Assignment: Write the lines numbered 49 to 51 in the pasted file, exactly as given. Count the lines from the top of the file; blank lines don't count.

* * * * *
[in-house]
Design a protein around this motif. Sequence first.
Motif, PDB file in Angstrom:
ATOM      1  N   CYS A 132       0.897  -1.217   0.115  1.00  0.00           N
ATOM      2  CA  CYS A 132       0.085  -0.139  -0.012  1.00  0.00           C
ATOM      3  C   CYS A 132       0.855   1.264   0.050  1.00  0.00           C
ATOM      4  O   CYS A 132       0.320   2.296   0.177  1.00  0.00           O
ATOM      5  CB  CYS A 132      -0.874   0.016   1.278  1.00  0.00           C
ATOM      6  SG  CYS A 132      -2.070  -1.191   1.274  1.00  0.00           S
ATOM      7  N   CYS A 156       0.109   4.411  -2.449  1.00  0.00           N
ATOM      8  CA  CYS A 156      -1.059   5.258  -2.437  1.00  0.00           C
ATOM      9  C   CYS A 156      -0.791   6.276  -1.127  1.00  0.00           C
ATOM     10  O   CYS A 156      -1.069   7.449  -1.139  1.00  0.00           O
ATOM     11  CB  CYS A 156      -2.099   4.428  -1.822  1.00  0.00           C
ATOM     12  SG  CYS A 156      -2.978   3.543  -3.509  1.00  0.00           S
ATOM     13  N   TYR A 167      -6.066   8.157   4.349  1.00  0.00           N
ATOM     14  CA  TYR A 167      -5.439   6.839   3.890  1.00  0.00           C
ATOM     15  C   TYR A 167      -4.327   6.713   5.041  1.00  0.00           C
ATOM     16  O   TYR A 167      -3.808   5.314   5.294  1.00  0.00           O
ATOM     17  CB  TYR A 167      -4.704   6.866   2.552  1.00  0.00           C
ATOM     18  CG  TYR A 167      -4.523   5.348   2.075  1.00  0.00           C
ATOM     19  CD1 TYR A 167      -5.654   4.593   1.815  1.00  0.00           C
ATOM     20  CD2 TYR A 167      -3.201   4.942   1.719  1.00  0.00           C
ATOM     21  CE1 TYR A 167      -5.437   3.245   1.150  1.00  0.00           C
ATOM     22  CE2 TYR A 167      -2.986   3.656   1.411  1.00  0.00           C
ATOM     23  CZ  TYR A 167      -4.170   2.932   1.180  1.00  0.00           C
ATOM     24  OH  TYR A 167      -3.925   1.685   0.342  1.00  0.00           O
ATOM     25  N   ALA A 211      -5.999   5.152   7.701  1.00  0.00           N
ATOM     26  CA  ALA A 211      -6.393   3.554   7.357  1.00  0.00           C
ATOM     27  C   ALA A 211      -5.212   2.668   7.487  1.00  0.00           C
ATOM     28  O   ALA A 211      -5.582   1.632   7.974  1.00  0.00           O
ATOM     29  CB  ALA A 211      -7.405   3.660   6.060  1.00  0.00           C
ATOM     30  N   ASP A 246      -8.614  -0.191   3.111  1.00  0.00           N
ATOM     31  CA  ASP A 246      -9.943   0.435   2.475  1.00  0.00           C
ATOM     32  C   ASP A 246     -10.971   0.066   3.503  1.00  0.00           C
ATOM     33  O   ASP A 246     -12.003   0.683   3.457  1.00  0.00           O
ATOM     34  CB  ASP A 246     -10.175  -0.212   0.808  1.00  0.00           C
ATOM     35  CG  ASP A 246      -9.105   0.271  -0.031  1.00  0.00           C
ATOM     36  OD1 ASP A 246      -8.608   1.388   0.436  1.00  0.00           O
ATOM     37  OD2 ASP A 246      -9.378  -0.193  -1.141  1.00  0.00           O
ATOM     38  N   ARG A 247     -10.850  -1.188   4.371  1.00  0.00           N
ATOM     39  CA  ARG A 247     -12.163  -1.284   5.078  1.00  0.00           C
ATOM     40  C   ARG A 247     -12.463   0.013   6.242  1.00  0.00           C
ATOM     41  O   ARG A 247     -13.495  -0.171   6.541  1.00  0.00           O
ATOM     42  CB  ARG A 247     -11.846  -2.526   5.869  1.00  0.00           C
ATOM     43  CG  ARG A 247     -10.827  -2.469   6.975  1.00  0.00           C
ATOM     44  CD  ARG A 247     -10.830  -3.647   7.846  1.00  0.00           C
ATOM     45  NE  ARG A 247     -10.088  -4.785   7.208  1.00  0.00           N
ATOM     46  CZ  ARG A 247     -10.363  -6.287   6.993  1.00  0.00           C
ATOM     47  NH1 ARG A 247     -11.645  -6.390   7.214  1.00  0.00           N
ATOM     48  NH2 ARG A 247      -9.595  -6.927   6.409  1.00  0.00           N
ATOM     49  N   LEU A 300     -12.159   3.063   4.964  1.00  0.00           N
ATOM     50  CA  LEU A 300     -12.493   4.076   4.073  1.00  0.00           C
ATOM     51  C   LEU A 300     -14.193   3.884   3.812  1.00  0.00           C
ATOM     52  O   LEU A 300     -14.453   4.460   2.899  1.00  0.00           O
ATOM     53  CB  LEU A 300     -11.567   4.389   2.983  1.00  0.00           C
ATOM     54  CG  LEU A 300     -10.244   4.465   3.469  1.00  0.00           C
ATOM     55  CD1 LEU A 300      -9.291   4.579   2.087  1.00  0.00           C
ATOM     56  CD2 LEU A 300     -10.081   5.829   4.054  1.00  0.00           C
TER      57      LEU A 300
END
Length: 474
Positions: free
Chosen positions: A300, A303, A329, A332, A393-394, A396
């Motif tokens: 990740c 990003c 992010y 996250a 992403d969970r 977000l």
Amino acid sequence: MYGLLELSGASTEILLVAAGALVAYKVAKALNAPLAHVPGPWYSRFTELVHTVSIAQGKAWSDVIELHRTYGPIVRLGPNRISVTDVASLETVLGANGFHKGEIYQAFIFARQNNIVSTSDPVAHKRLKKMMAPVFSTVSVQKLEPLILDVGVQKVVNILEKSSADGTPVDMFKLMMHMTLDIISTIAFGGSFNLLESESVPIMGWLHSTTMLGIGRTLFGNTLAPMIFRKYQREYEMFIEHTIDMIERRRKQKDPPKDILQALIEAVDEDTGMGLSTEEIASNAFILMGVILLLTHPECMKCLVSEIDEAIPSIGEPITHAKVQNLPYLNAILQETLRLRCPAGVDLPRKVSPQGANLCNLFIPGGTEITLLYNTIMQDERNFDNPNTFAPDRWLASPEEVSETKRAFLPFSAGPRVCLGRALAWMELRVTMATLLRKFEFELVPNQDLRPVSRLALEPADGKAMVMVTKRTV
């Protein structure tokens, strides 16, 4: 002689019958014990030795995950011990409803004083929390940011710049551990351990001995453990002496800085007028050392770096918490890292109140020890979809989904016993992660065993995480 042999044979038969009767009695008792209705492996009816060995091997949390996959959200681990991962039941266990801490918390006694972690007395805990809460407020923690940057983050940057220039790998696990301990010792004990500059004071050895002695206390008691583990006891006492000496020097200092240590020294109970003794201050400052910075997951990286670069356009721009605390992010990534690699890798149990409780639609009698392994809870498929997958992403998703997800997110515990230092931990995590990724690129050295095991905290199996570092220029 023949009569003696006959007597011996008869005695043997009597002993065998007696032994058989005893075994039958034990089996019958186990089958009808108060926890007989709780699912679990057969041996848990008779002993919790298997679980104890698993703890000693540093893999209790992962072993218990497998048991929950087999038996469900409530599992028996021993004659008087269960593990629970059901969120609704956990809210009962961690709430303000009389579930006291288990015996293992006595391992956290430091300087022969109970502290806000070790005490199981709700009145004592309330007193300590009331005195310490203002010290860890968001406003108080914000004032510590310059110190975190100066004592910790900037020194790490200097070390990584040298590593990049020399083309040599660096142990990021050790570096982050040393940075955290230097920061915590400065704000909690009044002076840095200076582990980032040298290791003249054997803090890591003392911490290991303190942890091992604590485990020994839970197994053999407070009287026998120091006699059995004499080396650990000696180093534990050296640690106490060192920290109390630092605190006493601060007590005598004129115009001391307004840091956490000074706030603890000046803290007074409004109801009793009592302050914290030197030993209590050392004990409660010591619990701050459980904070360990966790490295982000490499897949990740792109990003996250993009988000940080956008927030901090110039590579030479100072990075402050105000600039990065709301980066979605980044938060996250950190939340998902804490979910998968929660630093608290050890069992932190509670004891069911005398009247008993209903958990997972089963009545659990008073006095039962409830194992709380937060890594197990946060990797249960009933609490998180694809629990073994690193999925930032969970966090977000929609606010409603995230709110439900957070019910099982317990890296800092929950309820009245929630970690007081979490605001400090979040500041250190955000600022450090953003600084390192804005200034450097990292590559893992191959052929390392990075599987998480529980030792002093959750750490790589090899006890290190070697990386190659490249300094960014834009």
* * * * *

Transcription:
ATOM     46  CZ  ARG A 247     -10.363  -6.287   6.993  1.00  0.00           C
ATOM     47  NH1 ARG A 247     -11.645  -6.390   7.214  1.00  0.00           N
ATOM     48  NH2 ARG A 247      -9.595  -6.927   6.409  1.00  0.00           N